Neill Public Library in Pullman improves services to patrons
Their experiences highlight Lean as a journey rather than a destination, all with the public good in mind
Neill Public Library is a central gathering place where residents socialize, explore,
discover and connect with the world around them.
Pullman city leadership
wanted to instill a culture of process improvement by using the Lean method in
city operations. The library, meanwhile, already had started to work on
improving customer experience. Library staff weren't familiar with Lean,
though, making the library a natural place for a pilot project.
The Center for Government Innovation at the Office of the
Washington State Auditor has years of experience customizing process improvements
for local governments in Washington at no extra cost. Pullman city leaders and
the library asked the Center to assist.
Lean projects are especially effective when multiple
departments are involved, so the library focused on its material processing;
from a customer's request for an item to delivering that item. The goals of
this project were to increase staff understanding of material processing, to
build whole team knowledge of Lean to support future projects, and to shorten the
overall materials process. The Lean Project team was comprised of front-line
staff because they have hands-on expertise. Together with a Lean expert from
the Center, the team met for five business days to create a process map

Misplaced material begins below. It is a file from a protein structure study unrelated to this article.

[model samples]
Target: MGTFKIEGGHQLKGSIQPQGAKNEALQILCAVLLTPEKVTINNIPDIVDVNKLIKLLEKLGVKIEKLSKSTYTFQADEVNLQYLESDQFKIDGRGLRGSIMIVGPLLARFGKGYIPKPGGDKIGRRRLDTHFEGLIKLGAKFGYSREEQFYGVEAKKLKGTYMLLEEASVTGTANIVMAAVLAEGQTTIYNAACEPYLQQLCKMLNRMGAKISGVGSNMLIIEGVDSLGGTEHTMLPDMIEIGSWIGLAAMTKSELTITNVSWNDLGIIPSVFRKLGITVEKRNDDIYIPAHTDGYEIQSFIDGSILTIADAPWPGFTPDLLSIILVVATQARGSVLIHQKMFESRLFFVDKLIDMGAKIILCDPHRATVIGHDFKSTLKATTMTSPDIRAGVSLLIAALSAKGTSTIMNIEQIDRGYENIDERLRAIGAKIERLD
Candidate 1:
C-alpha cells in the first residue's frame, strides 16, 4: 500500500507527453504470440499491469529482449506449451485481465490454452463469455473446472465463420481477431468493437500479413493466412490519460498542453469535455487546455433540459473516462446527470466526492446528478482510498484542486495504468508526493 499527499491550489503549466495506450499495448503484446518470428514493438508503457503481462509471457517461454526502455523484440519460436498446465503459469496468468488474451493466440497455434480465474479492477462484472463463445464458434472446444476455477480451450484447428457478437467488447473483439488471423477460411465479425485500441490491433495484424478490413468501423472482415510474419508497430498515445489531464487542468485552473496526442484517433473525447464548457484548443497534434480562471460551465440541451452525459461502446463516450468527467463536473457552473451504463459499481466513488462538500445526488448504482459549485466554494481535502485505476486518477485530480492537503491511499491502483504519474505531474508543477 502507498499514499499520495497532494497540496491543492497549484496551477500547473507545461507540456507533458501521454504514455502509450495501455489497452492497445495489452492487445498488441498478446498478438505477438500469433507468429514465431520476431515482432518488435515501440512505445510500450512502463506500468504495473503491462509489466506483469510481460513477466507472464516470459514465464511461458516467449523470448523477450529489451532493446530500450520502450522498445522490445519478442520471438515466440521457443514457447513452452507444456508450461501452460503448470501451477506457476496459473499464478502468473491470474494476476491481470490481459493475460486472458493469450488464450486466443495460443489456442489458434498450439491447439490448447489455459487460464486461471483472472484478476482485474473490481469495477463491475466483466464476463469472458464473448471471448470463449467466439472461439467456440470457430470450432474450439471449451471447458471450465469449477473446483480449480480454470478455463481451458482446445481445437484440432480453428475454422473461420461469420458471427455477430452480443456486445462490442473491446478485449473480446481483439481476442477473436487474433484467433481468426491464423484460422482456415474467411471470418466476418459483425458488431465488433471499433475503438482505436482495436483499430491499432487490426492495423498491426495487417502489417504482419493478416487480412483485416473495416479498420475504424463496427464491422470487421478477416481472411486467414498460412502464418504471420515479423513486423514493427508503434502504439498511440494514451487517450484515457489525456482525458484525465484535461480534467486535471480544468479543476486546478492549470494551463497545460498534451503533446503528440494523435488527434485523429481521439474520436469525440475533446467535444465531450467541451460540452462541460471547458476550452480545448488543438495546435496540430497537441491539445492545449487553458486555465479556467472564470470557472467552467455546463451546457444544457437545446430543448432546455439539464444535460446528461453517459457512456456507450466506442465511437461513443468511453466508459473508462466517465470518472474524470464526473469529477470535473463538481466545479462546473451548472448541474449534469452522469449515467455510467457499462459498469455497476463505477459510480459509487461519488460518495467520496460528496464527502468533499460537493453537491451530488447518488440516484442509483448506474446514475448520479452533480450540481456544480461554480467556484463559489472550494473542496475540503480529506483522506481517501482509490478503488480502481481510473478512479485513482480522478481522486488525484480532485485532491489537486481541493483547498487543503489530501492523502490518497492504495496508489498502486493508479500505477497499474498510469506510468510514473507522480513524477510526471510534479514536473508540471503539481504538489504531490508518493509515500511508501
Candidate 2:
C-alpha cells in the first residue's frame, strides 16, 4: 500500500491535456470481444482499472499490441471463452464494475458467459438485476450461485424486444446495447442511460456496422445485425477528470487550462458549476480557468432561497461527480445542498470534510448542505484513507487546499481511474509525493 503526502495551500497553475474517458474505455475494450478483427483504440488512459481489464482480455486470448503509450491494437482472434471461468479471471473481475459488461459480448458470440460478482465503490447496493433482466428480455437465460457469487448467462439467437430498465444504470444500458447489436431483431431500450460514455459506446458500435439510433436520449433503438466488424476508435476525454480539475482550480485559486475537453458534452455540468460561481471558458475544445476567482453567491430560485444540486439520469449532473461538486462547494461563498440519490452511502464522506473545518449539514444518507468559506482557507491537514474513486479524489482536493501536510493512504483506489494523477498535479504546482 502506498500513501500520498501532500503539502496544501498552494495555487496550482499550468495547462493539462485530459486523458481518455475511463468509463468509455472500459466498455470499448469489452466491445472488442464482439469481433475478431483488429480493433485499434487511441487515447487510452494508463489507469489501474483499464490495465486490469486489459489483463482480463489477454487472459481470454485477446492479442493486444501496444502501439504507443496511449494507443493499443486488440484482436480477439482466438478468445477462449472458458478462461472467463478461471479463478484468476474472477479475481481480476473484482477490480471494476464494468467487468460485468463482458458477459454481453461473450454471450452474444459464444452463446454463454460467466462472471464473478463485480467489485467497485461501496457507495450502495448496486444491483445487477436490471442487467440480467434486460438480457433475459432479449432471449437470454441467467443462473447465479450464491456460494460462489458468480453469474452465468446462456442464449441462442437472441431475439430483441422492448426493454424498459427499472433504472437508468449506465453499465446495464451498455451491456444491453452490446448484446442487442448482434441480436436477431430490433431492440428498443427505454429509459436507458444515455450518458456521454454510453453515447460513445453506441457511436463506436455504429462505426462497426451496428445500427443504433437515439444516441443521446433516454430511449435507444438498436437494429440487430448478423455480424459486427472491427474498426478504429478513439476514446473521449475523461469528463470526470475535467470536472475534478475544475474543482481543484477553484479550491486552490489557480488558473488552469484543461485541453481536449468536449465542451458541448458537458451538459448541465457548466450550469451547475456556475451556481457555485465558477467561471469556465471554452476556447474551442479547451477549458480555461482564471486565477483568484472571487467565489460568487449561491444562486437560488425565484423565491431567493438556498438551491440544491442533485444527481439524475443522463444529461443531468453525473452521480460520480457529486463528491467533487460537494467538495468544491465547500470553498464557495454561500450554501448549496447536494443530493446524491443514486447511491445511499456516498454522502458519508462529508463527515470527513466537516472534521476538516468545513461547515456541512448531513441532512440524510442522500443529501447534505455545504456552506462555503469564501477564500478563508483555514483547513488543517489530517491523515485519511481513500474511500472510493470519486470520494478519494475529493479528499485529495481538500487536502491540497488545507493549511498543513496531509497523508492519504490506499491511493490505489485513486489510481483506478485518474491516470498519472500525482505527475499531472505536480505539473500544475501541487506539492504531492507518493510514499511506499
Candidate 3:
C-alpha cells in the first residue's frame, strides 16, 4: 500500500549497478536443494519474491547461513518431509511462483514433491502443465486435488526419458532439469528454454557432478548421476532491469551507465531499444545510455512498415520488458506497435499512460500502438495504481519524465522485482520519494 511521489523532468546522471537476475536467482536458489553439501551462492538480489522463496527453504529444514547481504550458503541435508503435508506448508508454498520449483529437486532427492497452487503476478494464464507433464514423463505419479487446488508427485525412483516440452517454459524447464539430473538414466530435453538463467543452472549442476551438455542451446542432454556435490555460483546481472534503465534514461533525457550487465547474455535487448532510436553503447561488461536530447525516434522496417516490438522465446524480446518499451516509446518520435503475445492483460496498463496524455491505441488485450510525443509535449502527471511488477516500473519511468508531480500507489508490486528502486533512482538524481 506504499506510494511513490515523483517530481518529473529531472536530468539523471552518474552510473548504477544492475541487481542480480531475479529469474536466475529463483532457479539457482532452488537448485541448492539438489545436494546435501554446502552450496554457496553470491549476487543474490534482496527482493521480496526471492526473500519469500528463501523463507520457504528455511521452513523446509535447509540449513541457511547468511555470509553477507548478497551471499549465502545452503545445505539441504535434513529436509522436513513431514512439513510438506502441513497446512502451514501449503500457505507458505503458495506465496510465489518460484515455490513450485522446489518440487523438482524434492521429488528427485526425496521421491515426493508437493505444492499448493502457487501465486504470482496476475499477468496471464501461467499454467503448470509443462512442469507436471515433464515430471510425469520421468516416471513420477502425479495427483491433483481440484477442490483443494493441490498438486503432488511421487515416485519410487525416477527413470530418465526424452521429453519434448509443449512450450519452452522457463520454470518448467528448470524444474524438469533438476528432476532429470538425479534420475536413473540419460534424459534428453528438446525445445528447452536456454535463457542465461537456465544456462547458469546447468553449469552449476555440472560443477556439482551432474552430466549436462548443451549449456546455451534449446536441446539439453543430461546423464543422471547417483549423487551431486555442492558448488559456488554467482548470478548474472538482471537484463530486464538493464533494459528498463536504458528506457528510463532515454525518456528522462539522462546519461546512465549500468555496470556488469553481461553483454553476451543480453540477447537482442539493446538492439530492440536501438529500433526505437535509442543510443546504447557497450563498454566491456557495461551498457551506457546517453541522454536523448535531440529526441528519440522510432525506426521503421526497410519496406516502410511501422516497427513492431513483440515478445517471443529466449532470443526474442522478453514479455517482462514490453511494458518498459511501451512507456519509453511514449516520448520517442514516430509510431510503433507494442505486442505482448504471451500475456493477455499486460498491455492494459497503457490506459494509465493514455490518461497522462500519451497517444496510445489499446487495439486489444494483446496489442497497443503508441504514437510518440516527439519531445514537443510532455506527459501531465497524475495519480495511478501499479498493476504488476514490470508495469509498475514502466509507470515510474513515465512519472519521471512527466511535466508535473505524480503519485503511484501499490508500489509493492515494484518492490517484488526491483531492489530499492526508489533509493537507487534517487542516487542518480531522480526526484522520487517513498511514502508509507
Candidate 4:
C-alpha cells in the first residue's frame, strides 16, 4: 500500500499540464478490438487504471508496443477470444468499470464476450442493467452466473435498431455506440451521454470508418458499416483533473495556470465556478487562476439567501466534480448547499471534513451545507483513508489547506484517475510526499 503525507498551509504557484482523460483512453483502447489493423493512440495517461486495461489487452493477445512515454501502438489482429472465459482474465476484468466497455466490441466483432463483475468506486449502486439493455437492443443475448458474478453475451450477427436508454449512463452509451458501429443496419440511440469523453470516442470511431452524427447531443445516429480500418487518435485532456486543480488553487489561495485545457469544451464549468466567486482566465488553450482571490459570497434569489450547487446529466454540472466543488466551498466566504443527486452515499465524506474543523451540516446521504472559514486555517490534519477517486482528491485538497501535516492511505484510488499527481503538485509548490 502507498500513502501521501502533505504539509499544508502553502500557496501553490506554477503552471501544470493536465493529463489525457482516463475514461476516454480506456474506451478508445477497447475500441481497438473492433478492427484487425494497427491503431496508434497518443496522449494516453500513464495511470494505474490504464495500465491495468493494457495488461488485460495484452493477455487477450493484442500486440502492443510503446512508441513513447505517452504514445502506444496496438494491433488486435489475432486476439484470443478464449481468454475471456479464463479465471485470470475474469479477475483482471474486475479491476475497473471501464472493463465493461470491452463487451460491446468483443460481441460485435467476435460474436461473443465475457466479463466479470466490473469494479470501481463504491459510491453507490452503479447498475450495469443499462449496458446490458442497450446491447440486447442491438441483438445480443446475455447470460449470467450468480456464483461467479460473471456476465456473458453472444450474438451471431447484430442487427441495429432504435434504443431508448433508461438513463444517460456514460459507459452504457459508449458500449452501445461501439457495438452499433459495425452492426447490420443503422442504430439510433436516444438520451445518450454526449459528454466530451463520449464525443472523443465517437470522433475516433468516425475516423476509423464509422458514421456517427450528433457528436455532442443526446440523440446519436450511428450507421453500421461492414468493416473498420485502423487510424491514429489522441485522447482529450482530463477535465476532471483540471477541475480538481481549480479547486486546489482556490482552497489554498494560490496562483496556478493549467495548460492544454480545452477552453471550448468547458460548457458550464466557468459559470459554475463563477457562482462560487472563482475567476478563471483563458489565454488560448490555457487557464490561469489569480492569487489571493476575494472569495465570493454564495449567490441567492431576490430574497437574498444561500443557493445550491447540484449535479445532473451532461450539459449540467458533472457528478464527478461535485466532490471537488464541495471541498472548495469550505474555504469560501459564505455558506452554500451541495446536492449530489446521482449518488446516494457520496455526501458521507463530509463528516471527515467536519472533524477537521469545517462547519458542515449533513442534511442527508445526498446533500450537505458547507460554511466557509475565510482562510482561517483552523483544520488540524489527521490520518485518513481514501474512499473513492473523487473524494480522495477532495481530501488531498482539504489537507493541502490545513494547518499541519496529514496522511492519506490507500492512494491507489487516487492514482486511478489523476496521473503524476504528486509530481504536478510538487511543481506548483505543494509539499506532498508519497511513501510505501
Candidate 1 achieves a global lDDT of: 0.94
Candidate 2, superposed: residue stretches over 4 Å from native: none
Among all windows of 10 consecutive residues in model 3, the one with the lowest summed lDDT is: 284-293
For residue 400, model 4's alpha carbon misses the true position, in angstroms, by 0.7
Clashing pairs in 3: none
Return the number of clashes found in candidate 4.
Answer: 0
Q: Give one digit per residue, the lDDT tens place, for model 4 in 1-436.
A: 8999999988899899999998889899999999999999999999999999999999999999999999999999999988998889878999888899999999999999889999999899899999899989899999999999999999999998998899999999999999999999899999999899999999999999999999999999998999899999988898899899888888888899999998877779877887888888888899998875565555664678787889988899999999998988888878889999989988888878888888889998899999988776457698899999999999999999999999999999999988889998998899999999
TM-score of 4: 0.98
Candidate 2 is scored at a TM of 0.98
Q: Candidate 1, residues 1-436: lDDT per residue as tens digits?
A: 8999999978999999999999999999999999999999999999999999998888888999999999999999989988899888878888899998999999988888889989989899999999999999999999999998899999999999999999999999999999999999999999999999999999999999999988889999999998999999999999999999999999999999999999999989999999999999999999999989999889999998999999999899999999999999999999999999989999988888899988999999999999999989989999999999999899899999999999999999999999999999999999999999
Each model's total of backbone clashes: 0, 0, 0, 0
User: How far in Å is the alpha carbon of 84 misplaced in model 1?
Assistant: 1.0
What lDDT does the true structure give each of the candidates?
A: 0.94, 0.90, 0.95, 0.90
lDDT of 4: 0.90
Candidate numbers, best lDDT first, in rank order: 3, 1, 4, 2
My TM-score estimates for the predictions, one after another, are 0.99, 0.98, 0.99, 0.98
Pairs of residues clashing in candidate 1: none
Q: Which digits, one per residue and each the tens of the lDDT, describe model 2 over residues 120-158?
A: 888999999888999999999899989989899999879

detailing every step, from the request for an item to the availability of the
item to patrons. By building the cross-department process map, the team was
able to identify redundancies and propose solutions.
Some “easy wins” were identified that could be implemented
right away. A form called “the red tag” was just such an example. The tag is a
small red sheet of paper used by library staff to know which materials on back
shelves were specifically requested and had a due date versus other materials
that were simply additions to the library's collection. The team made several
changes to the red tag: they organized the list, made it more complete, and
eliminated some information on the tag which allowed them to shrink the tag's
physical size. They also decided not to reuse the tags, which eliminated some confusion
incurred by staff when they reprocessed the tags for another use. Everyone on
the Lean Team needed to use the red tag for their job, and everyone wanted
something changed about it. Each member of the group ended up happy with the changes
made to the red tag. Additionally, the team began using a white board to post
the arrival date of large materials shipments so staff could better anticipate
and manage workflow. Both changes decreased employee stress and resulted in
better overall time management.
The Lean Project team considered a wide range of possibilities
to improve their process, then worked with library management to try out the ideas.
While not every idea was a success, staff said they found their first Lean experience
to be very valuable. Increased knowledge of other departments' processes
informed their own processes. Ultimately the project team was able to decrease
the materials processing time from sometimes a month or more to two weeks or
less. Staff felt empowered to take calculated risks, fail without the risk of
punishment, and implement useful change. They learned new skills for Leaning
their individual jobs, and management at the Neill Public Library said operations
in general are more efficient thanks to the valuable skills staff learned from
Neill Public Library isn't slowing down now that they've improved
a process using Lean — if anything, their success has energized them and opened
up a world of possibility for how to expand their organizational capacity to further
improve their service. Library staff said they remain committed to innovation
through iteration to make their library the best that it can be for the
residents of Pullman.